In the eighteenth century, seasoned sailors found that by sucking on lemons they could avoid scurvy. When the lemon’s key nutrient was formally identified in 1928, it was named ascorbic acid for its anti-scurvy, or antiscorbutic, action. Today ascorbic acid is widely known as Vitamin C. The health benefits of Vitamin C are abundant and varied, but it’s probably best known as a cell protector, immunity booster, and powerful antioxidant. The body’s ligaments, tendons, and collagen (a protein found in connective tissues) rely on the presence of Vitamin C to stay strong and healthy. Like all antioxidants, Vitamin C counters the effects of cell-damaging molecules called free radicals. As an added benefit, it even helps the body recycle other antioxidants. For certain conditions, Vitamin C is best taken with other antioxidants, such as Vitamin E, flavonoids, and carotenoids.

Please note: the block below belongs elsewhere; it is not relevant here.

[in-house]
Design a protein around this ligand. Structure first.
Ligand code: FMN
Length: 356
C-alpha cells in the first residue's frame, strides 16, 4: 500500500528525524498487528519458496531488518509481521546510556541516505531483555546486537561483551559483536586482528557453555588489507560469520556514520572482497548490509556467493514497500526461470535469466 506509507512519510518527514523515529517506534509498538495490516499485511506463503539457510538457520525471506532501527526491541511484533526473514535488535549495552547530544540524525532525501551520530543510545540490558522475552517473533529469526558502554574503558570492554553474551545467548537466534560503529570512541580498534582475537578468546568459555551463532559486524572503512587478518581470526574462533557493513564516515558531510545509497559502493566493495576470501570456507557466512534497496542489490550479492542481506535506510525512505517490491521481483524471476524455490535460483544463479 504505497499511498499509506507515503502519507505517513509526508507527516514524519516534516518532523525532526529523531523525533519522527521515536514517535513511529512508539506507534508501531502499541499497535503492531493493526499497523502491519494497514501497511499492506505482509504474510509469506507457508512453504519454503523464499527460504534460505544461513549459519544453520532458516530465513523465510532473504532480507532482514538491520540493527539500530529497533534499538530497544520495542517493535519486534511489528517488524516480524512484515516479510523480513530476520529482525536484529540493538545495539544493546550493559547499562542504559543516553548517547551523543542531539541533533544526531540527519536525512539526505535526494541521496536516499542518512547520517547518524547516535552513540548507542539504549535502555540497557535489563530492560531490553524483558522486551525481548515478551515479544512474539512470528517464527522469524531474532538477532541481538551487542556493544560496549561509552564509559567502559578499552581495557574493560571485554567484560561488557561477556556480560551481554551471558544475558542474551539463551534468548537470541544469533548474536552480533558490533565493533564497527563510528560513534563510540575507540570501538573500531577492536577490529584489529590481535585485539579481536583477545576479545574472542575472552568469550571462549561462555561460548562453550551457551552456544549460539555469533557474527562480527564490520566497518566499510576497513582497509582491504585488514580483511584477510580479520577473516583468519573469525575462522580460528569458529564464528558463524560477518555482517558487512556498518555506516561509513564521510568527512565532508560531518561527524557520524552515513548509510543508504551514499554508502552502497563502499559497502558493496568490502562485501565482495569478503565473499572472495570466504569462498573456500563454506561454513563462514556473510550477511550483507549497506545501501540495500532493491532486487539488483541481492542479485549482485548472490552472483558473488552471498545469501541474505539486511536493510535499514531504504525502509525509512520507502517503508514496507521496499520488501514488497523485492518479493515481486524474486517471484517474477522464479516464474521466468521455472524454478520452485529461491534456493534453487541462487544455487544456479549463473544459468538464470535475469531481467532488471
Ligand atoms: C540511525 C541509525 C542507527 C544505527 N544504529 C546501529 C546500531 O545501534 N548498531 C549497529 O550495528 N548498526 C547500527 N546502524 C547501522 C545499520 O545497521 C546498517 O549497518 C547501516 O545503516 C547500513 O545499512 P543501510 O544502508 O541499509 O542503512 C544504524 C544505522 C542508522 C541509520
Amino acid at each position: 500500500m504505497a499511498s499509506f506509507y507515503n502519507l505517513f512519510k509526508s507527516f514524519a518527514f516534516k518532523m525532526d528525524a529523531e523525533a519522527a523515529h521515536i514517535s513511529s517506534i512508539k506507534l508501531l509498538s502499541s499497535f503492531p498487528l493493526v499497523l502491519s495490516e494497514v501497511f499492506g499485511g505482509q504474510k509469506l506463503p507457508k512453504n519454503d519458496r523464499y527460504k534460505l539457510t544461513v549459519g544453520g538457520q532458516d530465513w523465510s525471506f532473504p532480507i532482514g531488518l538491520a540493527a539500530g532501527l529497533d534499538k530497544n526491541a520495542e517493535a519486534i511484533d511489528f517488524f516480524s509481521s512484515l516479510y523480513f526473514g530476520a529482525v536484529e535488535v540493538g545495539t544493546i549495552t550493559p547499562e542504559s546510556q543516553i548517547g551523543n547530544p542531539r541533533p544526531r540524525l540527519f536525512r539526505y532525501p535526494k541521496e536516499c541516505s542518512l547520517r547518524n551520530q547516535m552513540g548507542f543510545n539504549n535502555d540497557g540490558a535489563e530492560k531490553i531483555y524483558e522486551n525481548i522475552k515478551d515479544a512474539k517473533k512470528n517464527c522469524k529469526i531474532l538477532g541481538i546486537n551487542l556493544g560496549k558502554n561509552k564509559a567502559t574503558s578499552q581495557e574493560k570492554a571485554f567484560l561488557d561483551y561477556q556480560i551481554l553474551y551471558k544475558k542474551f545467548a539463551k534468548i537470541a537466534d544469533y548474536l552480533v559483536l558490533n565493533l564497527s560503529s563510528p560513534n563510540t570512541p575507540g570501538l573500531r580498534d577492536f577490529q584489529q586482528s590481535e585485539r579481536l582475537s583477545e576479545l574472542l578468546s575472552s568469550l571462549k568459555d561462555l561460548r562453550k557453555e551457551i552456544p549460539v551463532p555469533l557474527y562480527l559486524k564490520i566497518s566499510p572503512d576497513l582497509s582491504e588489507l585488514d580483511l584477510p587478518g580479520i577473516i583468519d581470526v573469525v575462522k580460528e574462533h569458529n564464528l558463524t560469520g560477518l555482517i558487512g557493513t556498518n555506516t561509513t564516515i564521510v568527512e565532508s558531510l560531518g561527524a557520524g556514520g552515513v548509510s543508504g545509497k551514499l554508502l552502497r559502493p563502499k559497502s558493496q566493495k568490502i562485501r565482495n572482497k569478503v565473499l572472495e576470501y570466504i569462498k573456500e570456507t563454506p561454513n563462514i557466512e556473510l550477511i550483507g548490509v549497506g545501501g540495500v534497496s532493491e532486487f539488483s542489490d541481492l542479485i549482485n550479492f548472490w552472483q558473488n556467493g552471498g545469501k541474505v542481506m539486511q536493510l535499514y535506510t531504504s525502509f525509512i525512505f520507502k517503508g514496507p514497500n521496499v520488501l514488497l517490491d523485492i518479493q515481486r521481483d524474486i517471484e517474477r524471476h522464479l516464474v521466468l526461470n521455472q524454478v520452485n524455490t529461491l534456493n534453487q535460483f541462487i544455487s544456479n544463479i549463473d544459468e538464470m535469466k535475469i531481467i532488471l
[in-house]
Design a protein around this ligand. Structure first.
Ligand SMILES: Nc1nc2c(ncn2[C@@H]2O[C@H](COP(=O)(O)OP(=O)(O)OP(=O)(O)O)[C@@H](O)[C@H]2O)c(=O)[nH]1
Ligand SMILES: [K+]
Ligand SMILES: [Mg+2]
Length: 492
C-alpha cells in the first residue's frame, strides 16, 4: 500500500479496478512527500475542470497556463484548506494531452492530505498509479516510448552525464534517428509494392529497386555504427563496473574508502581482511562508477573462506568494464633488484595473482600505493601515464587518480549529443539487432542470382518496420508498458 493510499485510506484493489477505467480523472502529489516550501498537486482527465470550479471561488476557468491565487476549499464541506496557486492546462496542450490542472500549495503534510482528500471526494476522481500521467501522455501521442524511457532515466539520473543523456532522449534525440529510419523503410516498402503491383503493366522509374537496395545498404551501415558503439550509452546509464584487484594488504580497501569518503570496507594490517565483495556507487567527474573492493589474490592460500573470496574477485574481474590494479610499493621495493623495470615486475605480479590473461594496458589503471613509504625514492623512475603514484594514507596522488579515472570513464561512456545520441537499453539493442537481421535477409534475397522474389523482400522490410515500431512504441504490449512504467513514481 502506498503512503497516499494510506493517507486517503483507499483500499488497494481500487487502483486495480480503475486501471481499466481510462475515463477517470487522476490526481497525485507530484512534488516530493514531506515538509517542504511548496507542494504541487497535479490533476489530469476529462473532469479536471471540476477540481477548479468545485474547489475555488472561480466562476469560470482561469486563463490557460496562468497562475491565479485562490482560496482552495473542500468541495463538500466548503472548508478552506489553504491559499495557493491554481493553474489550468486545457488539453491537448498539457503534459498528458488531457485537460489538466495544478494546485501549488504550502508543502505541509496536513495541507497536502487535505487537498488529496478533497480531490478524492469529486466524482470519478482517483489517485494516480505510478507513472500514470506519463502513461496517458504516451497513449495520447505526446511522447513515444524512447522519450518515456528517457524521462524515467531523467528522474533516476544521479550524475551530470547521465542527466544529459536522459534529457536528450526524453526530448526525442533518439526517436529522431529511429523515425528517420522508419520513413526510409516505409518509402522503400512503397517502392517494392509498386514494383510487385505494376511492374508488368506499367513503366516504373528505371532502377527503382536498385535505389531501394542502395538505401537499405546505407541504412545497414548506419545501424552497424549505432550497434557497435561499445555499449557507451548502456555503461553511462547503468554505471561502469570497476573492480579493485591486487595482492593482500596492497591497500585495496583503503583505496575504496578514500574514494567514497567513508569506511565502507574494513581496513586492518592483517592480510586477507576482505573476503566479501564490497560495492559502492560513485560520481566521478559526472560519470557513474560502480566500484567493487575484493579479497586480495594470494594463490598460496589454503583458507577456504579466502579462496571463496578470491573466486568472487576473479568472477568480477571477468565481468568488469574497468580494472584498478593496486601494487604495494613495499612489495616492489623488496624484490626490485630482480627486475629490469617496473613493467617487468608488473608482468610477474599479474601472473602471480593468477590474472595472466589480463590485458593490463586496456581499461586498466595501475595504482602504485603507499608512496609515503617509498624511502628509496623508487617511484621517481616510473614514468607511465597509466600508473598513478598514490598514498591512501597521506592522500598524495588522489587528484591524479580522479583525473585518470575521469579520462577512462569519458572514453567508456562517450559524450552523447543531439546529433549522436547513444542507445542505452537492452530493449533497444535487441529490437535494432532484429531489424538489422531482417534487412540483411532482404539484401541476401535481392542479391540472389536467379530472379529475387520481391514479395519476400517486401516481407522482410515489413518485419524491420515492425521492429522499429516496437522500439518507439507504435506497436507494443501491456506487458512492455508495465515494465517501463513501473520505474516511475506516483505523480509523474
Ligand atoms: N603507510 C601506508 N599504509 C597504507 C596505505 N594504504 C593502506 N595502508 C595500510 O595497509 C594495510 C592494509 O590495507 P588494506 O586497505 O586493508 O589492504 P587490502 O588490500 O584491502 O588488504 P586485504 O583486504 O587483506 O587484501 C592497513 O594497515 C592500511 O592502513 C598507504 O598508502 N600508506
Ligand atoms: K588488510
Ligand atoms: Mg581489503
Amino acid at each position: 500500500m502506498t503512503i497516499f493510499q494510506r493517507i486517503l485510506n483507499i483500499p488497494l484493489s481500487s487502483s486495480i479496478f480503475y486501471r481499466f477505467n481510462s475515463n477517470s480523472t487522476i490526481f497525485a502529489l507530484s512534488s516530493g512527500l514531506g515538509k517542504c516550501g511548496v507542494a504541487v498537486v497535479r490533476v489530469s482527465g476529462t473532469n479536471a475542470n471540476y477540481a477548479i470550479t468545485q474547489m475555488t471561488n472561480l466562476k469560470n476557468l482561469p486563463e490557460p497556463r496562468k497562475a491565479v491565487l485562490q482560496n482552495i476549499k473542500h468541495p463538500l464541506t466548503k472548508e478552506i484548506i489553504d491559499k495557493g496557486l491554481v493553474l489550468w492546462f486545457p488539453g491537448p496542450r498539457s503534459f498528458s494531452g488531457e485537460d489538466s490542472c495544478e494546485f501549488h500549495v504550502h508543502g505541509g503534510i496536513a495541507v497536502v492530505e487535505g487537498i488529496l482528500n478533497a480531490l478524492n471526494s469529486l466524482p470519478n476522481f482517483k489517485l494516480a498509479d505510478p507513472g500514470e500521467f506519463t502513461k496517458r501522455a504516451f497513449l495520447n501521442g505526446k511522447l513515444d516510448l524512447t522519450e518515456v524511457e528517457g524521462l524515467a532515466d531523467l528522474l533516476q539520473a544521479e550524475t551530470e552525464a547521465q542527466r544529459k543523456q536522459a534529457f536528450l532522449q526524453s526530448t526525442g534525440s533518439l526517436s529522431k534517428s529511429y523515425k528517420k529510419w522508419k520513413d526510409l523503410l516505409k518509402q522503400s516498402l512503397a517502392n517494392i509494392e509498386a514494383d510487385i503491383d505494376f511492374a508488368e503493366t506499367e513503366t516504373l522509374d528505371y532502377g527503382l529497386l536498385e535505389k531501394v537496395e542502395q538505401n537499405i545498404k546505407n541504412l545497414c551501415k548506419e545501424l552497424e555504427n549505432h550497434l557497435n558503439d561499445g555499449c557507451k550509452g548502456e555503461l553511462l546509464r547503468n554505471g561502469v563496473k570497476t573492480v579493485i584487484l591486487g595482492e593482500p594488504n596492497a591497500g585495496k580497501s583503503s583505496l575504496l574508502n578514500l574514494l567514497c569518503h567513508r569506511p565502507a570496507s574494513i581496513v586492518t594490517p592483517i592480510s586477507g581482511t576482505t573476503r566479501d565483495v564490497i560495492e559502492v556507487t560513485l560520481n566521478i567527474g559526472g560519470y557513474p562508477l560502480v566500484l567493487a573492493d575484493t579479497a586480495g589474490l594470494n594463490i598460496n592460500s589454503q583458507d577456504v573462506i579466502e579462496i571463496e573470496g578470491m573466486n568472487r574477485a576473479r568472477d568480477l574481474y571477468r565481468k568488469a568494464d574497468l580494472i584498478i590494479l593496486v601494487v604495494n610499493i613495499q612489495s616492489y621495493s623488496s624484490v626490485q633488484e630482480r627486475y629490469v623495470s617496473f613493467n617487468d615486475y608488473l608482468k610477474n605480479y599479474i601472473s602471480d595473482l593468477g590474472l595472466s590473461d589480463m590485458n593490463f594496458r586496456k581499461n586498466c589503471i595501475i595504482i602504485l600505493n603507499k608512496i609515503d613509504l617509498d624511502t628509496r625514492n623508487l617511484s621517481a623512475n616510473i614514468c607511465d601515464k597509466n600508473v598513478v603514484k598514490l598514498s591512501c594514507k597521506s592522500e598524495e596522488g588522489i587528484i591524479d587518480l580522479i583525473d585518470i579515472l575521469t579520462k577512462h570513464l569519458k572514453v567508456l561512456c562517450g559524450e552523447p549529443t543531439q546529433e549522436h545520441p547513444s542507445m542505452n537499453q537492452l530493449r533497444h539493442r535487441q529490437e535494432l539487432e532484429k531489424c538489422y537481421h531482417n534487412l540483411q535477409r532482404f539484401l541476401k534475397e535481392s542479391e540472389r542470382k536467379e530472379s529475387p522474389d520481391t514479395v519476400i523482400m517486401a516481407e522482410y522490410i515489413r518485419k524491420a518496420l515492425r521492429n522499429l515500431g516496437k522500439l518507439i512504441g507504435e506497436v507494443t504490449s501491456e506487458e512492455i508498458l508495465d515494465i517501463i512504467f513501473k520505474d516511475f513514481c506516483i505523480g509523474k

*These statements have not been evaluated by the Food and Drug Administration. This article is not intended to diagnose, treat, cure or prevent any disease.